Gadget Gifts

Gaga over Gadgets

Culinary doodads all the rage

By Paula Harris

FLICK THROUGH the slick 178-page Williams-Sonoma holiday catalog and it’s all there in mouthwatering glossy color–a myriad of fabulous (non-X-rated) toys for adults.

Wade through the professional cookie press, the Stilton cheese scoop, commercial cream whippers and yogurt makers, chiming waffle makers, egg coddlers, juice extractors, and the latest electric crepe makers.

Yup, the American appetite for kitchen doodads seems insatiable.

We buy culinary gadgets to peel garlic, spin-dry spinach, pit plums, shred Cheddar, fry fries, and slice bagels in less than the time it takes for Jacques and Julia to get into a TV cooking show spat.

The top sellers today are the kitchen workhorses, such as hand-held graters, peelers, and slicers, rather than trendy fads like electric hot-dog makers or the hot lava rock cooking stones of yesteryear.

And, according to an August report by the Arizona Republic, sales are at a record high as the gadget frenzy continues, with New York-based HomeWorld Business reporting that $840 million was spent on kitchen gadgets in 1999, a noteworthy increase of $65 million over the previous year.

Swing by local kitchen supply stores and the story is the same. Culinary gizmos are flying off the shelves and into holiday gift boxes and Christmas stockings.

Louise McCoy, owner of Santa Rosa-based McCoy’s Cookware, says sushi paraphernalia is a hot trend. Bestsellers are square and rectangle plates, small bowls, and chopsticks. That includes all manner of chopsticks, to be exact, in pale green, colonial blue, red, and black, some inlaid with ivory or silver, some adorned with dragonfly designs, and even a plain stainless-steel pair. Prices range from $3 to $20 for a fancy set with a ceramic stick rest. There are also sushi-making kits that include a bamboo rolling mat, a rice paddle, and (yes, don’t panic) instructions.

New this season is the Gastroflux from Bourgeat ($30). It may sound like an antacid, but McCoy describes these useful items as “flexible nonstick food-quality silicon molds.” What? “They’re molds for muffins and tartlets,” she explains with a laugh. “They’re so flexible, you can just pop ’em out and absolutely nothing sticks–not even gooey caramel.”

Also still popular this year is the Silpat ($24), a silicon cookie sheet that you place on top of a regular cookie sheet for more nonstick action. “Just wave it to get the crumbs off,” adds McCoy.

THE PROLIFERATION of TV chefs also is fueling the consumer mania over gadgets. You know when Martha Stewpot uses a certain gizmo on her show, that item is going to take off. “One of our best movers is the microplane zester,” says Laura Lewis, buyer at Shackfords kitchen store in Napa. “It’s like a woodworking tool, but it’s used for getting lemon zest and grating peel. Martha Stewart uses it on TV, and it sells like hotcakes.”

Culinary blowtorches to caramelize crème brûlée (they use refillable butane gas cylinders) are popular among the gourmet set (and fans of Flashdance). Their price range sfrom $29.99 to $49.99, depending on the model.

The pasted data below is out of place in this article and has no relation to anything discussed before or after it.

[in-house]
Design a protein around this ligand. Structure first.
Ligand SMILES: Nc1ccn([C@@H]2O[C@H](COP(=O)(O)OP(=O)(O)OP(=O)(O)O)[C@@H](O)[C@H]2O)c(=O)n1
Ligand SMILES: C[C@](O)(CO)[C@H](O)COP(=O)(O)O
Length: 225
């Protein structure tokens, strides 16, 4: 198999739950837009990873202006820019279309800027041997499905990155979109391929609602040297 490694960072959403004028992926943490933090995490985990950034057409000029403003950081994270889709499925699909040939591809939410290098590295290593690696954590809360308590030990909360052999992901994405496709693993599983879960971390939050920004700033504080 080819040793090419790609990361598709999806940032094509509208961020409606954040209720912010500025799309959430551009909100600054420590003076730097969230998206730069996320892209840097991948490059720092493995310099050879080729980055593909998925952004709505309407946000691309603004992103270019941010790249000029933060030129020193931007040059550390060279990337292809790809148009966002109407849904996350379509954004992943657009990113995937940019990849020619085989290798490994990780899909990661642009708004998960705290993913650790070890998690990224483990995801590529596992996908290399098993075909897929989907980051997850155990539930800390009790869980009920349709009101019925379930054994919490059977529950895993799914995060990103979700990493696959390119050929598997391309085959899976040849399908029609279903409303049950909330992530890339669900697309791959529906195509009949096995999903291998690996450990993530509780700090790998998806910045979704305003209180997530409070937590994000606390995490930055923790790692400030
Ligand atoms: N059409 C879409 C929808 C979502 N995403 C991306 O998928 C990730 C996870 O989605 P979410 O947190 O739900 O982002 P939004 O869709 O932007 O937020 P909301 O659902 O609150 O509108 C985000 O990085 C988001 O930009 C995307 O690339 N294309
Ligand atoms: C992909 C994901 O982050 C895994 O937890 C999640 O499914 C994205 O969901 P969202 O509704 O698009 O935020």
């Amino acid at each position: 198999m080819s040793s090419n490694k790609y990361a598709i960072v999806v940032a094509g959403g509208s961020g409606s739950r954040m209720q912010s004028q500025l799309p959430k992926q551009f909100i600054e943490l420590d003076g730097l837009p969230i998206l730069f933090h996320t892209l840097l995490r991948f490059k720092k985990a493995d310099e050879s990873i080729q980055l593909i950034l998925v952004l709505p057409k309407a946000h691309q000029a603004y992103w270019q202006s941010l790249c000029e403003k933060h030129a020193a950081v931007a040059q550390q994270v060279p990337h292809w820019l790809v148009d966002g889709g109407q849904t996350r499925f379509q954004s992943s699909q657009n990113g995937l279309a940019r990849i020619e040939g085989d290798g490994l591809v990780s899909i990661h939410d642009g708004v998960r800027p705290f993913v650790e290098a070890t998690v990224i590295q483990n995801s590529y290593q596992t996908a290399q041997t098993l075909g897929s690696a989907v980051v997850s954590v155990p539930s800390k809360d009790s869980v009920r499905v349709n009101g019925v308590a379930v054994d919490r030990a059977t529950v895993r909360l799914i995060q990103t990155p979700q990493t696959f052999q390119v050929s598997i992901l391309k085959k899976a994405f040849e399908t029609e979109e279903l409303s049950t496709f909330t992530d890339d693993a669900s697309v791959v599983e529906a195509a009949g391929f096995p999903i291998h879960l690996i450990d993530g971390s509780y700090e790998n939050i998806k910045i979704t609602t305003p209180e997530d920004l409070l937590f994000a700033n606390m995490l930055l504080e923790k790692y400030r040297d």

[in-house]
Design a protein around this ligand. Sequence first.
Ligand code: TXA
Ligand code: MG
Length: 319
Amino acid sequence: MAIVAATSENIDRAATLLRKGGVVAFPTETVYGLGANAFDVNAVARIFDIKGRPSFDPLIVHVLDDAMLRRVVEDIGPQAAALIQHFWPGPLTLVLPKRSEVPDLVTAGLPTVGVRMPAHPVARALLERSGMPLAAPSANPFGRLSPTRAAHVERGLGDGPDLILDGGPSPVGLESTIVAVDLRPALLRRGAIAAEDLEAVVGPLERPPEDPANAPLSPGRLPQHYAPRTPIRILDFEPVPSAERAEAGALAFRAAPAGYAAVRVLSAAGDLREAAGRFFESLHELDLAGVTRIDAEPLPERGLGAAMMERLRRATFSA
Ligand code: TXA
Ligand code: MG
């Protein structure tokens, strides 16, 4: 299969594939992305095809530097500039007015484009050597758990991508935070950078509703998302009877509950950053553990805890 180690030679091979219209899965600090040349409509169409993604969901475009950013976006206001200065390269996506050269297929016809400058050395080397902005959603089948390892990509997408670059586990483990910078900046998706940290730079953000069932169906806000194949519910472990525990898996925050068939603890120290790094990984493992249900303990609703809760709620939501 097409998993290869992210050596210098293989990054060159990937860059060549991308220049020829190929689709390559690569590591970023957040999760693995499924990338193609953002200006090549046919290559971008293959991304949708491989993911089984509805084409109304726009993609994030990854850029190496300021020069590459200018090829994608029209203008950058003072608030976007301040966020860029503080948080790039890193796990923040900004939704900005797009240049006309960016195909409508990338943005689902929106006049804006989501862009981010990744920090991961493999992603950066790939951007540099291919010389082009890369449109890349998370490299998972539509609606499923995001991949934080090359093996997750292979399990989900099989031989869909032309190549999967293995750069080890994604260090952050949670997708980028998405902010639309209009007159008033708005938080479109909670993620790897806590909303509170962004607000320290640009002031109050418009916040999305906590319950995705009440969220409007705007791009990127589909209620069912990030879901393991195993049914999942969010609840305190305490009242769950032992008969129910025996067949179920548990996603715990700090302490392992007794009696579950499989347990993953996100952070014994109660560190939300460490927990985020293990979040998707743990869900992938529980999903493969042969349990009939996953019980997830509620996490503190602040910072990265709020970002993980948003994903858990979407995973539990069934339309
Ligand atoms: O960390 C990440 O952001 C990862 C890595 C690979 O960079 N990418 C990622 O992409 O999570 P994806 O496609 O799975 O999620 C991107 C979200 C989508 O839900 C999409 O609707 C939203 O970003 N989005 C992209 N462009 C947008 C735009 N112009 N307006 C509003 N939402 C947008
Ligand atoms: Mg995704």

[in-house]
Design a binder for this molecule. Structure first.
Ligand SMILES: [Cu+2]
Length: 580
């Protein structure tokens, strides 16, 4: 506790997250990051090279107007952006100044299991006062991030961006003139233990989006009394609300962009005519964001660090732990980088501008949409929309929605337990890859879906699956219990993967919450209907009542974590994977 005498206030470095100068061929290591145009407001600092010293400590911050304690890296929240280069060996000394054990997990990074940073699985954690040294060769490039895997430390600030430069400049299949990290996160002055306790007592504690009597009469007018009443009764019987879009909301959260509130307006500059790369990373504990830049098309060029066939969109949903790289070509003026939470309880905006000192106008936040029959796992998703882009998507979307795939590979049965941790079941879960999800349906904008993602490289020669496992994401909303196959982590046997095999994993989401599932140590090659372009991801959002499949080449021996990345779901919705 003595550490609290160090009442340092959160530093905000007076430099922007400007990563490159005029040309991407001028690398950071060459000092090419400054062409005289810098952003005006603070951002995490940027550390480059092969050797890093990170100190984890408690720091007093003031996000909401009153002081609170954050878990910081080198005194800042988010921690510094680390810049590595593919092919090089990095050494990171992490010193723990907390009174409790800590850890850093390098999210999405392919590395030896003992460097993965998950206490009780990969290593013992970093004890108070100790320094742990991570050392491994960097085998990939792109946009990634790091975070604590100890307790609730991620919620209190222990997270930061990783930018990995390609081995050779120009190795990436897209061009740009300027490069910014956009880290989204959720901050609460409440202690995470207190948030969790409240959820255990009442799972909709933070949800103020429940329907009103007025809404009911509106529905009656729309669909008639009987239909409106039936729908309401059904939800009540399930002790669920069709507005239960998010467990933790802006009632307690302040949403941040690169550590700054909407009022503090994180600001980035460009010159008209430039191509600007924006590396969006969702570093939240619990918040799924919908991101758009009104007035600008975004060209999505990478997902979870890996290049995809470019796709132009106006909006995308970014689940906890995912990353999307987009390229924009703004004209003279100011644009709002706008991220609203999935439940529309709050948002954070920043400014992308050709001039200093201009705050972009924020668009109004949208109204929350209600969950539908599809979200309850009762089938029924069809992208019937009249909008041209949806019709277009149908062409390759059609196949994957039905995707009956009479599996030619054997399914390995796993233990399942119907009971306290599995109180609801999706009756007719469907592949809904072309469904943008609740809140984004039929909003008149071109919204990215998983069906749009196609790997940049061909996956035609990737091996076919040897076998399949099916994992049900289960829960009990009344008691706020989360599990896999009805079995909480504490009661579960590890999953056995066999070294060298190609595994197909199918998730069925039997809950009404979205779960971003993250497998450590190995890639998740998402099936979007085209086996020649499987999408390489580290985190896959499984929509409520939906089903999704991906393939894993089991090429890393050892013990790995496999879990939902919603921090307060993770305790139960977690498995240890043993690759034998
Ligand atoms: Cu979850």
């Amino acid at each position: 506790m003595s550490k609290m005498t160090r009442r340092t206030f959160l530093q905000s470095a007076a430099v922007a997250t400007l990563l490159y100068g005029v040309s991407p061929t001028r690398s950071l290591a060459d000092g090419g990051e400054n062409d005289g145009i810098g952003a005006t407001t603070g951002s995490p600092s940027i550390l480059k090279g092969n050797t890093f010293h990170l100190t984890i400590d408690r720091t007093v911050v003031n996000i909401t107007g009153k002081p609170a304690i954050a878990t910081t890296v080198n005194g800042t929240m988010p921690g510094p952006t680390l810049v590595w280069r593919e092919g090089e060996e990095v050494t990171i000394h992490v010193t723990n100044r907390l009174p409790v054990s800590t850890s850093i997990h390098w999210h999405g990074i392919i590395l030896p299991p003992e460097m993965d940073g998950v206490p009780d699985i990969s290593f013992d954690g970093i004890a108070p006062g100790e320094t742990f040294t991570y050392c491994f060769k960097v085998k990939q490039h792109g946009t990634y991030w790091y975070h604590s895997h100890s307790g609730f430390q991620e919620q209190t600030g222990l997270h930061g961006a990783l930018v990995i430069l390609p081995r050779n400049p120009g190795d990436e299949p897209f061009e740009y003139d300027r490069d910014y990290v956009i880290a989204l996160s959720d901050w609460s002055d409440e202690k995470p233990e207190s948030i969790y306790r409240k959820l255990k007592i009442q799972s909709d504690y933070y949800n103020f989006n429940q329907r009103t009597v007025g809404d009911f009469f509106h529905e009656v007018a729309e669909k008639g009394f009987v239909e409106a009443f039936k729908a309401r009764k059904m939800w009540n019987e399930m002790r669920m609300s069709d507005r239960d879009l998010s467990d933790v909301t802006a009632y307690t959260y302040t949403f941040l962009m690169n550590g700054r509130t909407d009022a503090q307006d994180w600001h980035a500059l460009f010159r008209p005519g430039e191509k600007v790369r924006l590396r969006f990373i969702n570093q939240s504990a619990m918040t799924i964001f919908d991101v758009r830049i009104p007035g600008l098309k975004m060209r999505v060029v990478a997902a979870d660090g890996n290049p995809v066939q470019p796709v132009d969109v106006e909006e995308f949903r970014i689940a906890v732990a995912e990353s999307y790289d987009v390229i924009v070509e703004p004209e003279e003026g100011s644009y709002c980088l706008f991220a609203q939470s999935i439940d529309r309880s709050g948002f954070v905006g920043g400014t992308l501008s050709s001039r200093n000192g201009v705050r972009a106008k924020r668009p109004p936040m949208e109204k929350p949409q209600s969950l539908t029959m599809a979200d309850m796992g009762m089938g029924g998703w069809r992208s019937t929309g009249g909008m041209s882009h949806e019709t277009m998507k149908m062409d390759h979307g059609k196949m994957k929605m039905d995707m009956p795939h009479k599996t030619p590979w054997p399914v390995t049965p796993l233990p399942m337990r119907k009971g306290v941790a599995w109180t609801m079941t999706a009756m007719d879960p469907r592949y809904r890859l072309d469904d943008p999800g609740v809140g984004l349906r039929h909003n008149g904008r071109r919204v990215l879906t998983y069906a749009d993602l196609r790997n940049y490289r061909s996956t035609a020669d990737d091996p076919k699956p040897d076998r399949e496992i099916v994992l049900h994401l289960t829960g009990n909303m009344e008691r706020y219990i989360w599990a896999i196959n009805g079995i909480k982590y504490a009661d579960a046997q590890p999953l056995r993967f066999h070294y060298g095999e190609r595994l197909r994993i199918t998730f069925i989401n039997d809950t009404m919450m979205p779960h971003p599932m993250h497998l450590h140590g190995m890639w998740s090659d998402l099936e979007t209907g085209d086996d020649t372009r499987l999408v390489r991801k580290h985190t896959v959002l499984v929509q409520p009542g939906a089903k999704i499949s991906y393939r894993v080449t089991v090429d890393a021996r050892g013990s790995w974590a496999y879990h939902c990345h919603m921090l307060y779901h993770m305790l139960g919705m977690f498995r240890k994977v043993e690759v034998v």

Another hot item (this time for those who don’t wish to be scorched and singed) is the Shakespearean-era washable suede/leather nonflammable oven mitt ($23), an armorlike adornment that resembles a gauntlet and provides amble protection up to the elbows.

Talking of kitchen accidents, a mandoline is always a good (and safe) idea for budding gourmets because it avoids the potential necessity for reconstructive surgery on the fingertips. This tool lets you swipe veggies across it (just like using your American Express card) to slice, shred, and julienne in comfort. Mandolines range from simple household ones ($33) to a professional model ($139).

Temperature forks–a thermometer in the shape of a barbecue fork, with heat sensors in the tips that give a digital readout to prepare perfect poultry, steaks, or roasts–are great for the barbecue or the oven at $27. Cool for Dad.

“Another new item that’s very popular is the heat-resistant spatula,” says Lewis. “It can withstand up to 600 degrees.” The spatula costs from $1.99 to $8.99 and come in bright colors like flame, yellow, and blue.

And for stocking stuffers, how about toasted bamboo mixing spoons ($3), which are a prettier color than naked bamboo and more durable since they don’t get fuzzy from the dishwasher like other wooden spoons.

Another idea is a reference cookbook, such as Michele Anna Jordan’s recently released A New Cook’s Tour of Sonoma (Sasquatch Books; $21.95) “It’s a very good index of Sonoma County producers, with accessible recipes,” pronounces McCoy.

Or for pure fun, McCoy has a selection of colorful ceramic cookie jars resembling purses from the 1940s ($29). Fill one with homemade goodies and you’re in business.

The items described are available at one or more of the following stores: Hardisty’s Homewares, 710 Farmers Lane, Santa Rosa (707/545-0534); McCoy’s Cookware, 2759 Fourth St., Santa Rosa (707/526-3856); Pots and Pans, 107 Fourth St., Santa Rosa (707/566-7155); and Shackfords, 1350 Main St., Napa (707/226-2132).

From the December 21-27, 2000 issue of the Northern California Bohemian.

© Metro Publishing Inc.

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